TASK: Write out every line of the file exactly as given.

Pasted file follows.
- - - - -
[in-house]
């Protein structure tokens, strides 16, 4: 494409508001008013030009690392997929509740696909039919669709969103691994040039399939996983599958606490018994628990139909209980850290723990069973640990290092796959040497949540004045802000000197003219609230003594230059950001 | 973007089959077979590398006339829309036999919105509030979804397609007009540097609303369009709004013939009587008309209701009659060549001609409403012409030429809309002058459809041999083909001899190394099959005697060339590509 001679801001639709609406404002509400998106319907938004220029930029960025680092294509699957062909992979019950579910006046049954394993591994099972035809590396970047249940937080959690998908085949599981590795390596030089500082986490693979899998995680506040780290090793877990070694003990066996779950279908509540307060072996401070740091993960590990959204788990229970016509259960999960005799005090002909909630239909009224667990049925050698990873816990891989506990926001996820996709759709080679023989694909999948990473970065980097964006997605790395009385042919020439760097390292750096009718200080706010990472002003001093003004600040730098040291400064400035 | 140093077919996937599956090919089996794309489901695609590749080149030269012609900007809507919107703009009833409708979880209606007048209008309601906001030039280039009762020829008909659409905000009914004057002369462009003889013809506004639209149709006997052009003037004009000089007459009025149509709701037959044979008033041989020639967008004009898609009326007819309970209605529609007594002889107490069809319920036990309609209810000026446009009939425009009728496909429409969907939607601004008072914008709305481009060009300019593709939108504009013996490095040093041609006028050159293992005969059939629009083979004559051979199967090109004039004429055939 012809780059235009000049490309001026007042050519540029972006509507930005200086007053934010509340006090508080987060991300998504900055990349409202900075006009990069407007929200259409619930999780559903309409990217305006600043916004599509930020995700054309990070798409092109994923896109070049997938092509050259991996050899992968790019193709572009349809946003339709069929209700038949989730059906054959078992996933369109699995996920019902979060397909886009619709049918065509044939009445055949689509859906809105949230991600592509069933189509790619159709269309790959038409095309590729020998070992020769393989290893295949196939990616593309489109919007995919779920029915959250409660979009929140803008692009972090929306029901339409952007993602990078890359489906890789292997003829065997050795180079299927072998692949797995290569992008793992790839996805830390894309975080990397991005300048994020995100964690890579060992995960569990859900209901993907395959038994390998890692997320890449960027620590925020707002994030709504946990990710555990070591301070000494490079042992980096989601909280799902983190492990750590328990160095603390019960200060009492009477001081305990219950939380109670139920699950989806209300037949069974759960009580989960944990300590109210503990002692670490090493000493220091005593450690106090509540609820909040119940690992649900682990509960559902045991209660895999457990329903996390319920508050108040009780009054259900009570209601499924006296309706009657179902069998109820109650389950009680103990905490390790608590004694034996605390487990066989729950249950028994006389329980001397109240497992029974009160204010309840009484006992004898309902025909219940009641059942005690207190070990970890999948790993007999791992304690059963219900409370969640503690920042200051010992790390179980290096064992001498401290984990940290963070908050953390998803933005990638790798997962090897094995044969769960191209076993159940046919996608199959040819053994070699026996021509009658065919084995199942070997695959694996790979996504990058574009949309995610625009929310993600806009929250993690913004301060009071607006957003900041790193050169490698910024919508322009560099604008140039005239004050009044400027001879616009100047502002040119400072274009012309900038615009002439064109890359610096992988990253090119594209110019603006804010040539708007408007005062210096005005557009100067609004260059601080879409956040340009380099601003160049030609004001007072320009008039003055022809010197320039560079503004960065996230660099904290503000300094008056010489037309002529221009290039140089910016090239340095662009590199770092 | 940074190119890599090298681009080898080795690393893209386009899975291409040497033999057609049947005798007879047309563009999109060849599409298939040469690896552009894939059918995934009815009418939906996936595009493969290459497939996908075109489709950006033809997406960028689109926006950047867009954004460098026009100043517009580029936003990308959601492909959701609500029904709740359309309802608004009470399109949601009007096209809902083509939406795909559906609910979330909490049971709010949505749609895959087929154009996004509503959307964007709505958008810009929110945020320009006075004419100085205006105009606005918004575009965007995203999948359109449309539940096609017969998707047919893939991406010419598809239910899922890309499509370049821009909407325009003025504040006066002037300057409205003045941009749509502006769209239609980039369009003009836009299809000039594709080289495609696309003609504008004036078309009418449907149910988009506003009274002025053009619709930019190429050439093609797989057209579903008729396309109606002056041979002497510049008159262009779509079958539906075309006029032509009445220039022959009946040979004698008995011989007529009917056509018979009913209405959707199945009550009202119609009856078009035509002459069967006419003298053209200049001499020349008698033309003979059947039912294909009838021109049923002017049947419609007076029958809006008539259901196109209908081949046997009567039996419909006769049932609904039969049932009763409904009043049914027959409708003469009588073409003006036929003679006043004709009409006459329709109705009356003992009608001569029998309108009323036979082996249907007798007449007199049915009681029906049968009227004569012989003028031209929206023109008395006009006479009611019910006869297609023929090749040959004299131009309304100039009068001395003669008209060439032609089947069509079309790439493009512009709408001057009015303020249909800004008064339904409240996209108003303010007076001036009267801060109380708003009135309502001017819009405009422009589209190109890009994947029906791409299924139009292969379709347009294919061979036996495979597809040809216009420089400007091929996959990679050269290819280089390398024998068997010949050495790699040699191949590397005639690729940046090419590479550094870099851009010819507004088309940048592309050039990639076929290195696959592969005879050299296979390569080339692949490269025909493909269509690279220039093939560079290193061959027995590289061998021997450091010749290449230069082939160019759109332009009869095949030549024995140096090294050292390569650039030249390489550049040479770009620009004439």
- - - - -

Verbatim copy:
[in-house]
């Protein structure tokens, strides 16, 4: 494409508001008013030009690392997929509740696909039919669709969103691994040039399939996983599958606490018994628990139909209980850290723990069973640990290092796959040497949540004045802000000197003219609230003594230059950001 | 973007089959077979590398006339829309036999919105509030979804397609007009540097609303369009709004013939009587008309209701009659060549001609409403012409030429809309002058459809041999083909001899190394099959005697060339590509 001679801001639709609406404002509400998106319907938004220029930029960025680092294509699957062909992979019950579910006046049954394993591994099972035809590396970047249940937080959690998908085949599981590795390596030089500082986490693979899998995680506040780290090793877990070694003990066996779950279908509540307060072996401070740091993960590990959204788990229970016509259960999960005799005090002909909630239909009224667990049925050698990873816990891989506990926001996820996709759709080679023989694909999948990473970065980097964006997605790395009385042919020439760097390292750096009718200080706010990472002003001093003004600040730098040291400064400035 | 140093077919996937599956090919089996794309489901695609590749080149030269012609900007809507919107703009009833409708979880209606007048209008309601906001030039280039009762020829008909659409905000009914004057002369462009003889013809506004639209149709006997052009003037004009000089007459009025149509709701037959044979008033041989020639967008004009898609009326007819309970209605529609007594002889107490069809319920036990309609209810000026446009009939425009009728496909429409969907939607601004008072914008709305481009060009300019593709939108504009013996490095040093041609006028050159293992005969059939629009083979004559051979199967090109004039004429055939 012809780059235009000049490309001026007042050519540029972006509507930005200086007053934010509340006090508080987060991300998504900055990349409202900075006009990069407007929200259409619930999780559903309409990217305006600043916004599509930020995700054309990070798409092109994923896109070049997938092509050259991996050899992968790019193709572009349809946003339709069929209700038949989730059906054959078992996933369109699995996920019902979060397909886009619709049918065509044939009445055949689509859906809105949230991600592509069933189509790619159709269309790959038409095309590729020998070992020769393989290893295949196939990616593309489109919007995919779920029915959250409660979009929140803008692009972090929306029901339409952007993602990078890359489906890789292997003829065997050795180079299927072998692949797995290569992008793992790839996805830390894309975080990397991005300048994020995100964690890579060992995960569990859900209901993907395959038994390998890692997320890449960027620590925020707002994030709504946990990710555990070591301070000494490079042992980096989601909280799902983190492990750590328990160095603390019960200060009492009477001081305990219950939380109670139920699950989806209300037949069974759960009580989960944990300590109210503990002692670490090493000493220091005593450690106090509540609820909040119940690992649900682990509960559902045991209660895999457990329903996390319920508050108040009780009054259900009570209601499924006296309706009657179902069998109820109650389950009680103990905490390790608590004694034996605390487990066989729950249950028994006389329980001397109240497992029974009160204010309840009484006992004898309902025909219940009641059942005690207190070990970890999948790993007999791992304690059963219900409370969640503690920042200051010992790390179980290096064992001498401290984990940290963070908050953390998803933005990638790798997962090897094995044969769960191209076993159940046919996608199959040819053994070699026996021509009658065919084995199942070997695959694996790979996504990058574009949309995610625009929310993600806009929250993690913004301060009071607006957003900041790193050169490698910024919508322009560099604008140039005239004050009044400027001879616009100047502002040119400072274009012309900038615009002439064109890359610096992988990253090119594209110019603006804010040539708007408007005062210096005005557009100067609004260059601080879409956040340009380099601003160049030609004001007072320009008039003055022809010197320039560079503004960065996230660099904290503000300094008056010489037309002529221009290039140089910016090239340095662009590199770092 | 940074190119890599090298681009080898080795690393893209386009899975291409040497033999057609049947005798007879047309563009999109060849599409298939040469690896552009894939059918995934009815009418939906996936595009493969290459497939996908075109489709950006033809997406960028689109926006950047867009954004460098026009100043517009580029936003990308959601492909959701609500029904709740359309309802608004009470399109949601009007096209809902083509939406795909559906609910979330909490049971709010949505749609895959087929154009996004509503959307964007709505958008810009929110945020320009006075004419100085205006105009606005918004575009965007995203999948359109449309539940096609017969998707047919893939991406010419598809239910899922890309499509370049821009909407325009003025504040006066002037300057409205003045941009749509502006769209239609980039369009003009836009299809000039594709080289495609696309003609504008004036078309009418449907149910988009506003009274002025053009619709930019190429050439093609797989057209579903008729396309109606002056041979002497510049008159262009779509079958539906075309006029032509009445220039022959009946040979004698008995011989007529009917056509018979009913209405959707199945009550009202119609009856078009035509002459069967006419003298053209200049001499020349008698033309003979059947039912294909009838021109049923002017049947419609007076029958809006008539259901196109209908081949046997009567039996419909006769049932609904039969049932009763409904009043049914027959409708003469009588073409003006036929003679006043004709009409006459329709109705009356003992009608001569029998309108009323036979082996249907007798007449007199049915009681029906049968009227004569012989003028031209929206023109008395006009006479009611019910006869297609023929090749040959004299131009309304100039009068001395003669008209060439032609089947069509079309790439493009512009709408001057009015303020249909800004008064339904409240996209108003303010007076001036009267801060109380708003009135309502001017819009405009422009589209190109890009994947029906791409299924139009292969379709347009294919061979036996495979597809040809216009420089400007091929996959990679050269290819280089390398024998068997010949050495790699040699191949590397005639690729940046090419590479550094870099851009010819507004088309940048592309050039990639076929290195696959592969005879050299296979390569080339692949490269025909493909269509690279220039093939560079290193061959027995590289061998021997450091010749290449230069082939160019759109332009009869095949030549024995140096090294050292390569650039030249390489550049040479770009620009004439």